Re: non-free firmware
* Sven Luther (firstname.lastname@example.org) [060108 11:12]:
> There where two fully independent issues here :
> 1) some (many) of those firmware using modules had a sloppy licencing
> situation, which meant the compiled kernels where indeed non-distributable.
> 2) those firmware blurbs come without source, and are thus non-free.
> We where working to solve 1), since without that, it was not even possible to
> distribute these non-free firmwares from even non-free. I think once this is
> solved the plan was to :
> 1) either make those drivers be able to load the firmware from an external
> file, which we could then include in the initramfs from a non-free source.
> 2) remove those drivers entirely from the main linux-2.6, and have them
> distributed from the linux-nonfree-2.6 package from our non-free section.
This matches with what I remember.
> Currently neither is done, and we have just reincorporated those modules, in
With neither, you mean: neither the sloppy licensed modules nor the
> part because our external-module framework and linux-nonfree-2.6 packages
> where not yet technically ready to handle this, and we chose to concentrate on
> the other steps first, leaving this aside for later, when the infrastructure
> would be ready.
What needs to be done to get the infrastructure ready? Do you think it
might make sense to try to get it done e.g. at a BSP?
> Now, there is a current of thinking who doesn't agree that those modules
> require sources and that we should not worry about this, this could be in part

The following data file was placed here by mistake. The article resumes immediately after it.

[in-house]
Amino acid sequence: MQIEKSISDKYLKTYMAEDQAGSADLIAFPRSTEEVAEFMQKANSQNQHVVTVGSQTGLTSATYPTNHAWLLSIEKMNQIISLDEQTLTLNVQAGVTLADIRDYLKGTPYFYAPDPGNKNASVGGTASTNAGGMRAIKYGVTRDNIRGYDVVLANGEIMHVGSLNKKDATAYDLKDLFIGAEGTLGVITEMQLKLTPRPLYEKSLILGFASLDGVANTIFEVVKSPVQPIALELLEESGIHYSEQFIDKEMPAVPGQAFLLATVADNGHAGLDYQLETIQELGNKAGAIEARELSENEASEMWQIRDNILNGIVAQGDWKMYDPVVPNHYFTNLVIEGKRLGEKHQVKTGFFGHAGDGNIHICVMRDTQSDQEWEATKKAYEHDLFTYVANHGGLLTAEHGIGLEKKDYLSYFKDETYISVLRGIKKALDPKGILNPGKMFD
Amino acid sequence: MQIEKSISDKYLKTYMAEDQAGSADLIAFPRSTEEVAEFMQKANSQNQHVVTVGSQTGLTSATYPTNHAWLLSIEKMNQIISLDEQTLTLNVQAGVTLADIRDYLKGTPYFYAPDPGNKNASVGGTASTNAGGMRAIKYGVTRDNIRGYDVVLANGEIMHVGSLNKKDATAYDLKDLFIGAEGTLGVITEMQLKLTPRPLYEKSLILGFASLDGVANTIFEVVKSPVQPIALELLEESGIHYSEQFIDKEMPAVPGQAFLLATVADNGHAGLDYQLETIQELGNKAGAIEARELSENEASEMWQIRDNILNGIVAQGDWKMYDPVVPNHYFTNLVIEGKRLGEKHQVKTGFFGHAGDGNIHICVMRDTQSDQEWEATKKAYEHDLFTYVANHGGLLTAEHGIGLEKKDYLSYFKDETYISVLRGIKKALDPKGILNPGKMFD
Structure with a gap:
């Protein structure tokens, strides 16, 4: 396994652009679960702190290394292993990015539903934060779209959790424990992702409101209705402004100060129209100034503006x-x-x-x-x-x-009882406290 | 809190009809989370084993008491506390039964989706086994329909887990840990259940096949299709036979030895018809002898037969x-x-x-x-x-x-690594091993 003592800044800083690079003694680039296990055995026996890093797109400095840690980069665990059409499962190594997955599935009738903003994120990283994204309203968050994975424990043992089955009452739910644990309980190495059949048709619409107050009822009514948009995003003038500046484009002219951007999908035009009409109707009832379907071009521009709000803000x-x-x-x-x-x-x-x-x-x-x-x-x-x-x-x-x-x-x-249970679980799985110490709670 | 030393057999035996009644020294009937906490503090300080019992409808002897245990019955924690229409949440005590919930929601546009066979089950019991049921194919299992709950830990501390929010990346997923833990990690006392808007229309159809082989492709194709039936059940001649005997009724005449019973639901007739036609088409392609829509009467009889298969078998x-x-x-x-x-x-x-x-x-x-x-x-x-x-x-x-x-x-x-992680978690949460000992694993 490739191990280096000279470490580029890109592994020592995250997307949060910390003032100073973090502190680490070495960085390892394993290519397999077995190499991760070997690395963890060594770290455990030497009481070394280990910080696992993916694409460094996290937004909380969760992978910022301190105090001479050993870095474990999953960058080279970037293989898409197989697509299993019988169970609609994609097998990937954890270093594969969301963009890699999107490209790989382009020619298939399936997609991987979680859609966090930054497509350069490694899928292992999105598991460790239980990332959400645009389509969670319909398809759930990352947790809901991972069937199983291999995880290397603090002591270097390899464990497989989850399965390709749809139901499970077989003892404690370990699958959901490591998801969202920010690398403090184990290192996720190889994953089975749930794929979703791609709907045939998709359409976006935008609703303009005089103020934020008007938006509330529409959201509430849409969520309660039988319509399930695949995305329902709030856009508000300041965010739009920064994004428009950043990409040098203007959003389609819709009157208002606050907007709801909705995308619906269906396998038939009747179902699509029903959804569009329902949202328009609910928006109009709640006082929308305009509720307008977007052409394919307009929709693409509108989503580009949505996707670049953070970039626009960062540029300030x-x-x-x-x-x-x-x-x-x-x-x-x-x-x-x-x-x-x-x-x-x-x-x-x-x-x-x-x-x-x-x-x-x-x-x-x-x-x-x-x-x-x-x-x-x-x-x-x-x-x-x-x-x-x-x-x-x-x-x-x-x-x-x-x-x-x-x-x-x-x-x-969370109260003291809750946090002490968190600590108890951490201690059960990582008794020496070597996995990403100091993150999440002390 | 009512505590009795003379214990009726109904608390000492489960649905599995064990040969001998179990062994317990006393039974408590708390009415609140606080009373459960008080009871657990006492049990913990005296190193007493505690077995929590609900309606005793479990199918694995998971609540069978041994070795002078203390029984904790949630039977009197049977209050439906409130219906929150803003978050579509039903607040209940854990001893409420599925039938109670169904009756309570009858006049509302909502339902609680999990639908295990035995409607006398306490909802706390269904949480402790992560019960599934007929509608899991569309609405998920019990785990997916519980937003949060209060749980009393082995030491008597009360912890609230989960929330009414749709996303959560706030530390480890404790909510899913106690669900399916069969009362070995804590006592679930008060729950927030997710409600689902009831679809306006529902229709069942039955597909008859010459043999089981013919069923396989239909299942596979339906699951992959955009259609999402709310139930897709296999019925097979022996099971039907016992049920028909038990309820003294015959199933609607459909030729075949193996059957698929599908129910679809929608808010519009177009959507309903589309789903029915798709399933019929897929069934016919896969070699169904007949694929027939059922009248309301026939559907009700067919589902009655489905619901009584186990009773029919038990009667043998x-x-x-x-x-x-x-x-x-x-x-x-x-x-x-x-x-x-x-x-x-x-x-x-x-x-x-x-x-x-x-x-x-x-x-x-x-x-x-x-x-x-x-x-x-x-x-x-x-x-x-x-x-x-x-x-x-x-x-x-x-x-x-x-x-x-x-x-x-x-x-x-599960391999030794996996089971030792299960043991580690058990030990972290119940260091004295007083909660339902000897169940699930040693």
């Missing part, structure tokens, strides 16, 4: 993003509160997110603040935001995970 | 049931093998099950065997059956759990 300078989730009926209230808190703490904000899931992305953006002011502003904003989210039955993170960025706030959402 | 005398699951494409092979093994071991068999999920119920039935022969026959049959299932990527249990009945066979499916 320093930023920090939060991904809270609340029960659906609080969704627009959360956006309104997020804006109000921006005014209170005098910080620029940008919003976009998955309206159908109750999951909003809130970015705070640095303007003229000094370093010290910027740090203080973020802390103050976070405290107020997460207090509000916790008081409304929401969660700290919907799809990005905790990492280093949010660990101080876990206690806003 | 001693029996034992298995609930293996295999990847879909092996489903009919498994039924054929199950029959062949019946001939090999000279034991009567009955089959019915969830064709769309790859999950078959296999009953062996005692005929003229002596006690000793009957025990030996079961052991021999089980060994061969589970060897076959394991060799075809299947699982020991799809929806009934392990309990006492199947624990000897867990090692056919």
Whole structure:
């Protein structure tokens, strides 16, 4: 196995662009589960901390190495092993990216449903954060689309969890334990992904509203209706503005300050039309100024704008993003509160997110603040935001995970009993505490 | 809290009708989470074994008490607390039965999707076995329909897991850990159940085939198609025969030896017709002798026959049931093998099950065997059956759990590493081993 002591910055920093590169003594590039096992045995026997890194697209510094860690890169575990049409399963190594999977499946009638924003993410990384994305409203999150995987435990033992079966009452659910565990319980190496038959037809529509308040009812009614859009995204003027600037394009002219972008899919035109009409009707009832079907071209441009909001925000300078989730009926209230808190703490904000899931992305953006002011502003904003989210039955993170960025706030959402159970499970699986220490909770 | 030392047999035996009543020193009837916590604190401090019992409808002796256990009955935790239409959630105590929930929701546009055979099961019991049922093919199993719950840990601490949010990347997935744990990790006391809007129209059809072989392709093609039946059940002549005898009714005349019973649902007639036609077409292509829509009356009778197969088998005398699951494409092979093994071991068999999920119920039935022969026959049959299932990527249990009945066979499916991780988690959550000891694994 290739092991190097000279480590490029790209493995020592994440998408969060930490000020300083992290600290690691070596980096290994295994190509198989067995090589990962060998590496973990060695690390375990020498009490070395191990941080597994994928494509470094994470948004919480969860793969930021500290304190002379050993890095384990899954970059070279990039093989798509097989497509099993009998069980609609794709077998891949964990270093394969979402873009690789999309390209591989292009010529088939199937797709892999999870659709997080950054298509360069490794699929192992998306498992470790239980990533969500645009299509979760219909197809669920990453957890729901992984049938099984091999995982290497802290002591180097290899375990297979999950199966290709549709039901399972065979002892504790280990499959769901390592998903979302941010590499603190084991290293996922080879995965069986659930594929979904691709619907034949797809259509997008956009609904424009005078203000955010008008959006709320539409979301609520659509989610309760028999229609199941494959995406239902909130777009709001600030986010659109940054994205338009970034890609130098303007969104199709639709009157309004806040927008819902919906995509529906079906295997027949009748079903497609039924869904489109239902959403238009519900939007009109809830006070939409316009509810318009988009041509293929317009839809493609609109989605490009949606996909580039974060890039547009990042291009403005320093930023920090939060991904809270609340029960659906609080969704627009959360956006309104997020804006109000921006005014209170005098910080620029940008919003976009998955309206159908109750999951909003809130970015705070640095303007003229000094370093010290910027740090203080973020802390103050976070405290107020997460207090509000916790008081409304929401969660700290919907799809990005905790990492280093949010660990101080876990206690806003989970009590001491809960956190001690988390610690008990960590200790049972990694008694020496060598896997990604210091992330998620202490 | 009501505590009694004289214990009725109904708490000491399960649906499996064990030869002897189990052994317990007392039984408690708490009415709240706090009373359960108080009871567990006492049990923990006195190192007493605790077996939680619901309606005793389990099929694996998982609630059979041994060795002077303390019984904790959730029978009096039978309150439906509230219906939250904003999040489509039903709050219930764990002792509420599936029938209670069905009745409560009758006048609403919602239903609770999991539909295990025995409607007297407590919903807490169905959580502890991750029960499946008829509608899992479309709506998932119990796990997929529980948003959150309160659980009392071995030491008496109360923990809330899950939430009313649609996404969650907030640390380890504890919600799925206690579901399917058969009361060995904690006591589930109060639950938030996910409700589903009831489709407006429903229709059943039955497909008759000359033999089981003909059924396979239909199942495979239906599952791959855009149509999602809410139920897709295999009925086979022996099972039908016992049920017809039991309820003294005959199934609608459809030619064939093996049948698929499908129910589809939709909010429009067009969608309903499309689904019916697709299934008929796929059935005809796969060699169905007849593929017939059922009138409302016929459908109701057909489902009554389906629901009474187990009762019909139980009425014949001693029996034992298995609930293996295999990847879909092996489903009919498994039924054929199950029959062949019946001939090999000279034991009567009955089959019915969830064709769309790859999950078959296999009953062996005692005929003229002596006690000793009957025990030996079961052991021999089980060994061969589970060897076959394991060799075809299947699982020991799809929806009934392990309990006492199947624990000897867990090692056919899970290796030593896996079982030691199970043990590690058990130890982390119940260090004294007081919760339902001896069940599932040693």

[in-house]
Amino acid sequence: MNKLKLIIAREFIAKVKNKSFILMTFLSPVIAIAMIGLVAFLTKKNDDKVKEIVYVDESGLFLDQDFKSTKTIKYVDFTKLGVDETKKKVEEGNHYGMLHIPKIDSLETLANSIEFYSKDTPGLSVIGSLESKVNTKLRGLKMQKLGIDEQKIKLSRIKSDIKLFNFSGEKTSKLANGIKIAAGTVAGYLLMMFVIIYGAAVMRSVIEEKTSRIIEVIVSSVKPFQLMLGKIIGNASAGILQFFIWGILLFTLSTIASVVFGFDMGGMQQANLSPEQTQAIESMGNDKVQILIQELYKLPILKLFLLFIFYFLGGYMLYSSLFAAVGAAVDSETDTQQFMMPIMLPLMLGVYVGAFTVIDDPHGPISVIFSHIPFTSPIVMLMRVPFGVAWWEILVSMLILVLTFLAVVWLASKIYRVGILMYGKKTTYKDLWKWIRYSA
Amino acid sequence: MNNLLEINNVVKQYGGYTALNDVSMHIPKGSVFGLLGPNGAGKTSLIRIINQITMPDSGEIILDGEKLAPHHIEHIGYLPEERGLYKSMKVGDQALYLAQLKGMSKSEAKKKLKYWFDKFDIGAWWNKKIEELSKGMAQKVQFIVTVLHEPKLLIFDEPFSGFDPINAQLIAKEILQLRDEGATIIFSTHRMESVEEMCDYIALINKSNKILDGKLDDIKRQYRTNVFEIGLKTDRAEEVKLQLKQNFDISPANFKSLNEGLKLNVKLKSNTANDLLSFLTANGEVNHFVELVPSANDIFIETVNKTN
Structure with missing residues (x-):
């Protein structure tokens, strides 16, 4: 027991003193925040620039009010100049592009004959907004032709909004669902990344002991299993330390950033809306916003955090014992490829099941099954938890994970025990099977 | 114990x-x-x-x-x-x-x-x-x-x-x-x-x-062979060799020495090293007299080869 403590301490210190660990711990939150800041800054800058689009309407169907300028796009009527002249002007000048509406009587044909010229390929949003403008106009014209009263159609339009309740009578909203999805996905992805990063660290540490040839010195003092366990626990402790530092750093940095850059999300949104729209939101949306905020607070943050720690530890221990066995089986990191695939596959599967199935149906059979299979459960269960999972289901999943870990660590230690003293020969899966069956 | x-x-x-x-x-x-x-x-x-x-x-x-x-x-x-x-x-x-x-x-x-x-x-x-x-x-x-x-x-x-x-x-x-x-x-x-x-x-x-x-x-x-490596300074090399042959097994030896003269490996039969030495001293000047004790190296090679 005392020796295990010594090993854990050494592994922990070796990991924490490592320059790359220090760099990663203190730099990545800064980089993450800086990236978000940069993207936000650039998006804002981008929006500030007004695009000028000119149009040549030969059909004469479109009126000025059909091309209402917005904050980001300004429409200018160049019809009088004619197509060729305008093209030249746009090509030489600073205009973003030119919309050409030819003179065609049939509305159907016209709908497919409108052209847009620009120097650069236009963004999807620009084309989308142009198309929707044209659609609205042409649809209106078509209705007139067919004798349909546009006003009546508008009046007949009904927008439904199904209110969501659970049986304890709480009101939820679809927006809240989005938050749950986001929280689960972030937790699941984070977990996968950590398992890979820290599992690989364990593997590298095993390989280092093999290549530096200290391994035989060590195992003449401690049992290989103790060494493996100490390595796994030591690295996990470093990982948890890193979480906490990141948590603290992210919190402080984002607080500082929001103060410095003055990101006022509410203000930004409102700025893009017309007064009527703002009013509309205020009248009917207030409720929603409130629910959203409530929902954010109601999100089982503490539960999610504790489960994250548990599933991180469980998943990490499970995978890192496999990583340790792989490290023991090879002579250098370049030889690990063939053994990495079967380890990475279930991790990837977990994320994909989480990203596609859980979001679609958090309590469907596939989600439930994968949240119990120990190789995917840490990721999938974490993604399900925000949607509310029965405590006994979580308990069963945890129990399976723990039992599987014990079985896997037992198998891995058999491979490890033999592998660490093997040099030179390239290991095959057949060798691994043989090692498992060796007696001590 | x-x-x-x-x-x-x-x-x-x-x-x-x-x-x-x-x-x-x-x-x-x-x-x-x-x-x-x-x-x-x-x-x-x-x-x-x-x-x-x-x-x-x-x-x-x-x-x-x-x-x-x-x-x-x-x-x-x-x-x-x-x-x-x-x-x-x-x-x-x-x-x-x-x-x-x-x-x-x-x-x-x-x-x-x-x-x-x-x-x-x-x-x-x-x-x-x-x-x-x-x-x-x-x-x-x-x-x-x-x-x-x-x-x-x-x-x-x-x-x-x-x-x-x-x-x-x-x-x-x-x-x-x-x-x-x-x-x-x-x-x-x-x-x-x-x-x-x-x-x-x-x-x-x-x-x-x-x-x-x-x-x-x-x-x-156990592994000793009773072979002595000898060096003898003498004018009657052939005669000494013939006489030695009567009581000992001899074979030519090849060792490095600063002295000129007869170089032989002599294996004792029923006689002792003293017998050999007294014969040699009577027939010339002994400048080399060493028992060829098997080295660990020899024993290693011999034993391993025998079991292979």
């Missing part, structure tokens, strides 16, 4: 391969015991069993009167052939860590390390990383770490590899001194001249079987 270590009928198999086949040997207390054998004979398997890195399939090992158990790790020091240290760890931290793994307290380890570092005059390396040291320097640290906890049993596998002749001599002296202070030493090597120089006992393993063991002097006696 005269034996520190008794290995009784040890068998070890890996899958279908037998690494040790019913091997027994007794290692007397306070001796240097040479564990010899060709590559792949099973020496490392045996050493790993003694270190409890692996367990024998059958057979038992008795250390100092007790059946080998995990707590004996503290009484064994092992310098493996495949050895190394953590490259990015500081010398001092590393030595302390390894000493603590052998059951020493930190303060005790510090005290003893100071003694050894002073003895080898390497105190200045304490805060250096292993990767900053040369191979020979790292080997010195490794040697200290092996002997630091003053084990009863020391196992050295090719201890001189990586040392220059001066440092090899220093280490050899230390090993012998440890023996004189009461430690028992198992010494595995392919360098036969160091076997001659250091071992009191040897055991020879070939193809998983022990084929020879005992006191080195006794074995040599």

> true (it is said that some of those firmwares where written directly with an
> hex-editor, but i believe not all are done such), but it is rather unlikely we
> will be able to determine that or not.
Well, there might be cases where the binary blob is enough, but I think
we agree that
a) this is probably the exception and not the rule, and
b) this requires a case-per-case-inspection.
> In any case, there are always those,
> like with the GFDL situation, who would not want to worry about this and let
> it slip in silently, or hope for another derogation, or simply believe it is
> not an issue.
Well, we as release managers have the task to make sure it doesn't slip
away (that's one of the reasons there are cheat lis^W^Wtracking lists).
If people think it's a non-issues, they can try to change the DFSG - for
the release team, the current valid DFSG is part of the RC check list.
> I suppose the right way to solve this (doing 1) is another matter and more of
> the area of upstream work than debian work, it is the better solution though,
> not sure if it would be ready for the etch timeframe though.
The question of sloppy licenses is indeed an upstream issue - however,
that doesn't mean we can shut our eyes when we come over such an issue.
The DFSG-freeness is our own issue.